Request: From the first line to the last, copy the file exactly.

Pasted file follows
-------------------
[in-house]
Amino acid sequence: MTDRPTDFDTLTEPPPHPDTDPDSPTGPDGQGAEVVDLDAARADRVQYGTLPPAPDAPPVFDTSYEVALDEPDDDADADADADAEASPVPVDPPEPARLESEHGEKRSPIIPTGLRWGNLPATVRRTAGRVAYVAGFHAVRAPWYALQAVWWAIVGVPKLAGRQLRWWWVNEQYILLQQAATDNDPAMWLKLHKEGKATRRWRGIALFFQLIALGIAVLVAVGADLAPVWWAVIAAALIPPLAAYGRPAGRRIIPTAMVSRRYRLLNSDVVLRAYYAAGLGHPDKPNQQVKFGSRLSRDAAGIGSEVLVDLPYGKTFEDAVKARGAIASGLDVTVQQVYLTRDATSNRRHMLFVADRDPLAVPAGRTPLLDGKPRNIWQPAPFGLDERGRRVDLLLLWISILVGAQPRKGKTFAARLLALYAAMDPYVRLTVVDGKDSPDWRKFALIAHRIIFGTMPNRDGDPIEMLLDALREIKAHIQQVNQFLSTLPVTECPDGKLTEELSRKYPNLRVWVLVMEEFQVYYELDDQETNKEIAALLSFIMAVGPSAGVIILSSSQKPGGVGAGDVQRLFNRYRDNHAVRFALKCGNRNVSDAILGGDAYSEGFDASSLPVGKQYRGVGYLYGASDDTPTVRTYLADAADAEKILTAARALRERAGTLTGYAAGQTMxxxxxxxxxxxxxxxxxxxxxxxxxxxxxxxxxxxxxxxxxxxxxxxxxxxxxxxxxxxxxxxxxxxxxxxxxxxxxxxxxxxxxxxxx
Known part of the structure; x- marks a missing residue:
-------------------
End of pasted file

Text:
[in-house]
Amino acid sequence: MTDRPTDFDTLTEPPPHPDTDPDSPTGPDGQGAEVVDLDAARADRVQYGTLPPAPDAPPVFDTSYEVALDEPDDDADADADADAEASPVPVDPPEPARLESEHGEKRSPIIPTGLRWGNLPATVRRTAGRVAYVAGFHAVRAPWYALQAVWWAIVGVPKLAGRQLRWWWVNEQYILLQQAATDNDPAMWLKLHKEGKATRRWRGIALFFQLIALGIAVLVAVGADLAPVWWAVIAAALIPPLAAYGRPAGRRIIPTAMVSRRYRLLNSDVVLRAYYAAGLGHPDKPNQQVKFGSRLSRDAAGIGSEVLVDLPYGKTFEDAVKARGAIASGLDVTVQQVYLTRDATSNRRHMLFVADRDPLAVPAGRTPLLDGKPRNIWQPAPFGLDERGRRVDLLLLWISILVGAQPRKGKTFAARLLALYAAMDPYVRLTVVDGKDSPDWRKFALIAHRIIFGTMPNRDGDPIEMLLDALREIKAHIQQVNQFLSTLPVTECPDGKLTEELSRKYPNLRVWVLVMEEFQVYYELDDQETNKEIAALLSFIMAVGPSAGVIILSSSQKPGGVGAGDVQRLFNRYRDNHAVRFALKCGNRNVSDAILGGDAYSEGFDASSLPVGKQYRGVGYLYGASDDTPTVRTYLADAADAEKILTAARALRERAGTLTGYAAGQTMxxxxxxxxxxxxxxxxxxxxxxxxxxxxxxxxxxxxxxxxxxxxxxxxxxxxxxxxxxxxxxxxxxxxxxxxxxxxxxxxxxxxxxxxx
Known part of the structure; x- marks a missing residue: